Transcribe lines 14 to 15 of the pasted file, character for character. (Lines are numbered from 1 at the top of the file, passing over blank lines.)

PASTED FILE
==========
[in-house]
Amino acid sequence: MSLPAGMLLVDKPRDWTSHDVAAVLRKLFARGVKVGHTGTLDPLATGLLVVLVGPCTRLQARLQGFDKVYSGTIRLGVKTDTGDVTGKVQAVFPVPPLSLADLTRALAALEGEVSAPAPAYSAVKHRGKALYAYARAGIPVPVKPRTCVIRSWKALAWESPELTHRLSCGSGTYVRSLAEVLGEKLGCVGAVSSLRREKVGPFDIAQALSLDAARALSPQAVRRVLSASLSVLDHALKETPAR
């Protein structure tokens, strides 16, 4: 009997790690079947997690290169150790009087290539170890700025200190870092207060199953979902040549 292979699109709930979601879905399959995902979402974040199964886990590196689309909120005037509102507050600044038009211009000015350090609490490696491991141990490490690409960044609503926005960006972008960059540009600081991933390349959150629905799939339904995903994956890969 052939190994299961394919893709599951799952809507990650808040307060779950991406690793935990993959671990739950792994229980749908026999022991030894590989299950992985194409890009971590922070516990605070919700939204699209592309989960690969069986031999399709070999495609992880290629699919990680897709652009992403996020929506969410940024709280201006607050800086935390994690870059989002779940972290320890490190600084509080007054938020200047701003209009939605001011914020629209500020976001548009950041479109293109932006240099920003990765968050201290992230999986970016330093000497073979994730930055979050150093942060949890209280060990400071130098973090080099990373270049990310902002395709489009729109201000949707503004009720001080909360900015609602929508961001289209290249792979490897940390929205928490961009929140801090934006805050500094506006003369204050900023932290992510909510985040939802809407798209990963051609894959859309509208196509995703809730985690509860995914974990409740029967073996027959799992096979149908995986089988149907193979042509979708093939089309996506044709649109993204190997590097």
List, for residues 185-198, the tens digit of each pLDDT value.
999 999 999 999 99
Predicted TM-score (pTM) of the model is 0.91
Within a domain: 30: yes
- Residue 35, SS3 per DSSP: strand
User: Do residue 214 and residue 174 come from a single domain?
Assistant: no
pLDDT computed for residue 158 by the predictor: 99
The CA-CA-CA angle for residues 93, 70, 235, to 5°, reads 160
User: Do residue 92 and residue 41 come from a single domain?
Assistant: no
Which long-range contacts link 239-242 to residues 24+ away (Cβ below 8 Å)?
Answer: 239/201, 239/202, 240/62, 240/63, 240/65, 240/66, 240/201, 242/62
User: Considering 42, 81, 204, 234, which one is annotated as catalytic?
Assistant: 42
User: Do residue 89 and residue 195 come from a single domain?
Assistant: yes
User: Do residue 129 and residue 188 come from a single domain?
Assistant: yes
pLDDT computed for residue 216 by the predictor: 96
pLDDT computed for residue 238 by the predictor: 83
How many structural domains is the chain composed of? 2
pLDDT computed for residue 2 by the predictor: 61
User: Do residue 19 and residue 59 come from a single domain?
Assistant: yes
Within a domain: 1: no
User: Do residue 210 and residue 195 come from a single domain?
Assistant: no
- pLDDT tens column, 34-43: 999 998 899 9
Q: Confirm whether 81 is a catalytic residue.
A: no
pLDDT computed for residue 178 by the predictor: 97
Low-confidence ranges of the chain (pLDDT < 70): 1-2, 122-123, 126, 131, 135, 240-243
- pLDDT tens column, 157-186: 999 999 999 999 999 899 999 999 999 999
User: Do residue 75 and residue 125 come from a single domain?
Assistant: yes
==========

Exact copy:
Assistant: no
Which long-range contacts link 239-242 to residues 24+ away (Cβ below 8 Å)?